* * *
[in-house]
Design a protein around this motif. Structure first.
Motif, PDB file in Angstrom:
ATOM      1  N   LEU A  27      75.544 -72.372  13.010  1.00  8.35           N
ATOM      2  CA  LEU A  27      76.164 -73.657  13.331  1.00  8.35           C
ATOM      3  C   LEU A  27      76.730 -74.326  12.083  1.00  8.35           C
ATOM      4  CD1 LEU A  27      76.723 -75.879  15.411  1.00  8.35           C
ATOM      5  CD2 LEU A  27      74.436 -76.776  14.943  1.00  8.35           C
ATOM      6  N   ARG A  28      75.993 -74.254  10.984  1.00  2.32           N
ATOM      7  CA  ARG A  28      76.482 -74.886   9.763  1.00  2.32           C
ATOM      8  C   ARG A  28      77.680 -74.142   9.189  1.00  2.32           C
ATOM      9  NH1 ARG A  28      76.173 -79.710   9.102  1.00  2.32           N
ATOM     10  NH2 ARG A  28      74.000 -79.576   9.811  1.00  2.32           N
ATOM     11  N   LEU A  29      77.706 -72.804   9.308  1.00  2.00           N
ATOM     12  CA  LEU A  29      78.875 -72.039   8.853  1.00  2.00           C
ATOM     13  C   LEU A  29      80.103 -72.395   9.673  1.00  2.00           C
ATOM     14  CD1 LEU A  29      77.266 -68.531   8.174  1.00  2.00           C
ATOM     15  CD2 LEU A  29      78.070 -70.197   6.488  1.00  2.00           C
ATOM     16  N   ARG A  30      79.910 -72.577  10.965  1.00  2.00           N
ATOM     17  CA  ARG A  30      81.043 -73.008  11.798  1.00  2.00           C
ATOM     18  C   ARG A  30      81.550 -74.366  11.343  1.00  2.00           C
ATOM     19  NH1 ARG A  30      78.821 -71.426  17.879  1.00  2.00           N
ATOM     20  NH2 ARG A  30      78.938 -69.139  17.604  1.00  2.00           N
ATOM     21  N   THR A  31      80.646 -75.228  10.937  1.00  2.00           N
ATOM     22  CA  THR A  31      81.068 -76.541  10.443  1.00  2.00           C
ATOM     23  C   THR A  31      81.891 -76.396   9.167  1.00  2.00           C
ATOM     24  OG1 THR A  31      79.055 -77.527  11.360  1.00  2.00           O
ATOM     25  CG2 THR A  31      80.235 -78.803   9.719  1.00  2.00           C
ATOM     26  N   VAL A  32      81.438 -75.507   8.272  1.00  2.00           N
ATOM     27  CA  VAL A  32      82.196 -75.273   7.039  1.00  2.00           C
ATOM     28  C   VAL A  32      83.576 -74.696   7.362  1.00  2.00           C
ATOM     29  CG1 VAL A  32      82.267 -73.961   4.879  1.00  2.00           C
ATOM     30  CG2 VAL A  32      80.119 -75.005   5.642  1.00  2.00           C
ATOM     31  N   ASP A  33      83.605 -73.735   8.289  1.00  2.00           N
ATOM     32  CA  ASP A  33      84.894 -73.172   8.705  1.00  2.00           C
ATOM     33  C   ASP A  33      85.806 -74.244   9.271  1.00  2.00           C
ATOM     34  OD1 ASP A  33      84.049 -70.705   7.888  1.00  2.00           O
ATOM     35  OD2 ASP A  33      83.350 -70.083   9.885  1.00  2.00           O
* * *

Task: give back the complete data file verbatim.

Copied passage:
[in-house]
Design a protein around this motif. Structure first.
Motif, PDB file in Angstrom:
ATOM      1  N   LEU A  27      75.544 -72.372  13.010  1.00  8.35           N
ATOM      2  CA  LEU A  27      76.164 -73.657  13.331  1.00  8.35           C
ATOM      3  C   LEU A  27      76.730 -74.326  12.083  1.00  8.35           C
ATOM      4  CD1 LEU A  27      76.723 -75.879  15.411  1.00  8.35           C
ATOM      5  CD2 LEU A  27      74.436 -76.776  14.943  1.00  8.35           C
ATOM      6  N   ARG A  28      75.993 -74.254  10.984  1.00  2.32           N
ATOM      7  CA  ARG A  28      76.482 -74.886   9.763  1.00  2.32           C
ATOM      8  C   ARG A  28      77.680 -74.142   9.189  1.00  2.32           C
ATOM      9  NH1 ARG A  28      76.173 -79.710   9.102  1.00  2.32           N
ATOM     10  NH2 ARG A  28      74.000 -79.576   9.811  1.00  2.32           N
ATOM     11  N   LEU A  29      77.706 -72.804   9.308  1.00  2.00           N
ATOM     12  CA  LEU A  29      78.875 -72.039   8.853  1.00  2.00           C
ATOM     13  C   LEU A  29      80.103 -72.395   9.673  1.00  2.00           C
ATOM     14  CD1 LEU A  29      77.266 -68.531   8.174  1.00  2.00           C
ATOM     15  CD2 LEU A  29      78.070 -70.197   6.488  1.00  2.00           C
ATOM     16  N   ARG A  30      79.910 -72.577  10.965  1.00  2.00           N
ATOM     17  CA  ARG A  30      81.043 -73.008  11.798  1.00  2.00           C
ATOM     18  C   ARG A  30      81.550 -74.366  11.343  1.00  2.00           C
ATOM     19  NH1 ARG A  30      78.821 -71.426  17.879  1.00  2.00           N
ATOM     20  NH2 ARG A  30      78.938 -69.139  17.604  1.00  2.00           N
ATOM     21  N   THR A  31      80.646 -75.228  10.937  1.00  2.00           N
ATOM     22  CA  THR A  31      81.068 -76.541  10.443  1.00  2.00           C
ATOM     23  C   THR A  31      81.891 -76.396   9.167  1.00  2.00           C
ATOM     24  OG1 THR A  31      79.055 -77.527  11.360  1.00  2.00           O
ATOM     25  CG2 THR A  31      80.235 -78.803   9.719  1.00  2.00           C
ATOM     26  N   VAL A  32      81.438 -75.507   8.272  1.00  2.00           N
ATOM     27  CA  VAL A  32      82.196 -75.273   7.039  1.00  2.00           C
ATOM     28  C   VAL A  32      83.576 -74.696   7.362  1.00  2.00           C
ATOM     29  CG1 VAL A  32      82.267 -73.961   4.879  1.00  2.00           C
ATOM     30  CG2 VAL A  32      80.119 -75.005   5.642  1.00  2.00           C
ATOM     31  N   ASP A  33      83.605 -73.735   8.289  1.00  2.00           N
ATOM     32  CA  ASP A  33      84.894 -73.172   8.705  1.00  2.00           C
ATOM     33  C   ASP A  33      85.806 -74.244   9.271  1.00  2.00           C
ATOM     34  OD1 ASP A  33      84.049 -70.705   7.888  1.00  2.00           O
ATOM     35  OD2 ASP A  33      83.350 -70.083   9.885  1.00  2.00           O